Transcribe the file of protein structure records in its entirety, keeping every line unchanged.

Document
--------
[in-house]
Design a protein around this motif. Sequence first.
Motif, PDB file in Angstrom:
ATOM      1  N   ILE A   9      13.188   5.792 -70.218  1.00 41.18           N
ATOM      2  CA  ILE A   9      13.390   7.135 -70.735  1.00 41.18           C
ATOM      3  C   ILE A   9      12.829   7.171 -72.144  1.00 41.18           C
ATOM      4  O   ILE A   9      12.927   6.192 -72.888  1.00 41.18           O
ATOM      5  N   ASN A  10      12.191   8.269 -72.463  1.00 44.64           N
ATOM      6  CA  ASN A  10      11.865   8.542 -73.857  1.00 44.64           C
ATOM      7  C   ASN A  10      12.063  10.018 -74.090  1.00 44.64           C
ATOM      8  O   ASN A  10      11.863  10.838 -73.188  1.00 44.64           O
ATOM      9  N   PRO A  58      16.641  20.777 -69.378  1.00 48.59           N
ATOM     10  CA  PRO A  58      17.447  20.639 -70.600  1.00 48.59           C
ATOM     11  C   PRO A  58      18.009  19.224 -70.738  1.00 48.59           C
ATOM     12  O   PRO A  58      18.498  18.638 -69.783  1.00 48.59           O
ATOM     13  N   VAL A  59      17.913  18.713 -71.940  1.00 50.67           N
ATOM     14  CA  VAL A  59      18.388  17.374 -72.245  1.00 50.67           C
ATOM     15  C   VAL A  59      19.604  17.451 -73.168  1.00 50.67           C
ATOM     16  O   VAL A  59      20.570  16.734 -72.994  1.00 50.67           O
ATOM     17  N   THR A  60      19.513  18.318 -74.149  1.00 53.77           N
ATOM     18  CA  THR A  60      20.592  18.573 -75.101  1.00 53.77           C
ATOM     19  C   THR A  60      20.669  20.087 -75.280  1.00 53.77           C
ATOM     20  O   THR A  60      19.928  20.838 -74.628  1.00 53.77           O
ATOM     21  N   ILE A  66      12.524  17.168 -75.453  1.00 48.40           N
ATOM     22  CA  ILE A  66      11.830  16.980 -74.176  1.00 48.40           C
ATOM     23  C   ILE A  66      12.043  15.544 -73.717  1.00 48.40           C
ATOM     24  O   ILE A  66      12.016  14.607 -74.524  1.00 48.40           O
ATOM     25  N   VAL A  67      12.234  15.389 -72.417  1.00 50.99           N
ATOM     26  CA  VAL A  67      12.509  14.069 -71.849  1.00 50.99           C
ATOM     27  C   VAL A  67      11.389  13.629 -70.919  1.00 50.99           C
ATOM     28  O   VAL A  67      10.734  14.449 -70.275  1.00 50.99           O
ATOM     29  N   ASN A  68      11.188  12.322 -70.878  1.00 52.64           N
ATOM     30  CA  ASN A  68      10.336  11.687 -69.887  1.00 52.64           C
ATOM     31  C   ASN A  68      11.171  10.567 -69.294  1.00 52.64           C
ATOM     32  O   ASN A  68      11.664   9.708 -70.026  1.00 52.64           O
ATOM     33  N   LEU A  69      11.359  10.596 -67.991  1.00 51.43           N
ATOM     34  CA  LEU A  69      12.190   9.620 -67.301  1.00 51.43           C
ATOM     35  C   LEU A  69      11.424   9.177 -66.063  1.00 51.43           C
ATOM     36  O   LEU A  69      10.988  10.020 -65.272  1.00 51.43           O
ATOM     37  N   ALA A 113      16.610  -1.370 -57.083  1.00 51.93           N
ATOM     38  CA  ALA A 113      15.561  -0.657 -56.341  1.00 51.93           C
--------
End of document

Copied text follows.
[in-house]
Design a protein around this motif. Sequence first.
Motif, PDB file in Angstrom:
ATOM      1  N   ILE A   9      13.188   5.792 -70.218  1.00 41.18           N
ATOM      2  CA  ILE A   9      13.390   7.135 -70.735  1.00 41.18           C
ATOM      3  C   ILE A   9      12.829   7.171 -72.144  1.00 41.18           C
ATOM      4  O   ILE A   9      12.927   6.192 -72.888  1.00 41.18           O
ATOM      5  N   ASN A  10      12.191   8.269 -72.463  1.00 44.64           N
ATOM      6  CA  ASN A  10      11.865   8.542 -73.857  1.00 44.64           C
ATOM      7  C   ASN A  10      12.063  10.018 -74.090  1.00 44.64           C
ATOM      8  O   ASN A  10      11.863  10.838 -73.188  1.00 44.64           O
ATOM      9  N   PRO A  58      16.641  20.777 -69.378  1.00 48.59           N
ATOM     10  CA  PRO A  58      17.447  20.639 -70.600  1.00 48.59           C
ATOM     11  C   PRO A  58      18.009  19.224 -70.738  1.00 48.59           C
ATOM     12  O   PRO A  58      18.498  18.638 -69.783  1.00 48.59           O
ATOM     13  N   VAL A  59      17.913  18.713 -71.940  1.00 50.67           N
ATOM     14  CA  VAL A  59      18.388  17.374 -72.245  1.00 50.67           C
ATOM     15  C   VAL A  59      19.604  17.451 -73.168  1.00 50.67           C
ATOM     16  O   VAL A  59      20.570  16.734 -72.994  1.00 50.67           O
ATOM     17  N   THR A  60      19.513  18.318 -74.149  1.00 53.77           N
ATOM     18  CA  THR A  60      20.592  18.573 -75.101  1.00 53.77           C
ATOM     19  C   THR A  60      20.669  20.087 -75.280  1.00 53.77           C
ATOM     20  O   THR A  60      19.928  20.838 -74.628  1.00 53.77           O
ATOM     21  N   ILE A  66      12.524  17.168 -75.453  1.00 48.40           N
ATOM     22  CA  ILE A  66      11.830  16.980 -74.176  1.00 48.40           C
ATOM     23  C   ILE A  66      12.043  15.544 -73.717  1.00 48.40           C
ATOM     24  O   ILE A  66      12.016  14.607 -74.524  1.00 48.40           O
ATOM     25  N   VAL A  67      12.234  15.389 -72.417  1.00 50.99           N
ATOM     26  CA  VAL A  67      12.509  14.069 -71.849  1.00 50.99           C
ATOM     27  C   VAL A  67      11.389  13.629 -70.919  1.00 50.99           C
ATOM     28  O   VAL A  67      10.734  14.449 -70.275  1.00 50.99           O
ATOM     29  N   ASN A  68      11.188  12.322 -70.878  1.00 52.64           N
ATOM     30  CA  ASN A  68      10.336  11.687 -69.887  1.00 52.64           C
ATOM     31  C   ASN A  68      11.171  10.567 -69.294  1.00 52.64           C
ATOM     32  O   ASN A  68      11.664   9.708 -70.026  1.00 52.64           O
ATOM     33  N   LEU A  69      11.359  10.596 -67.991  1.00 51.43           N
ATOM     34  CA  LEU A  69      12.190   9.620 -67.301  1.00 51.43           C
ATOM     35  C   LEU A  69      11.424   9.177 -66.063  1.00 51.43           C
ATOM     36  O   LEU A  69      10.988  10.020 -65.272  1.00 51.43           O
ATOM     37  N   ALA A 113      16.610  -1.370 -57.083  1.00 51.93           N
ATOM     38  CA  ALA A 113      15.561  -0.657 -56.341  1.00 51.93           C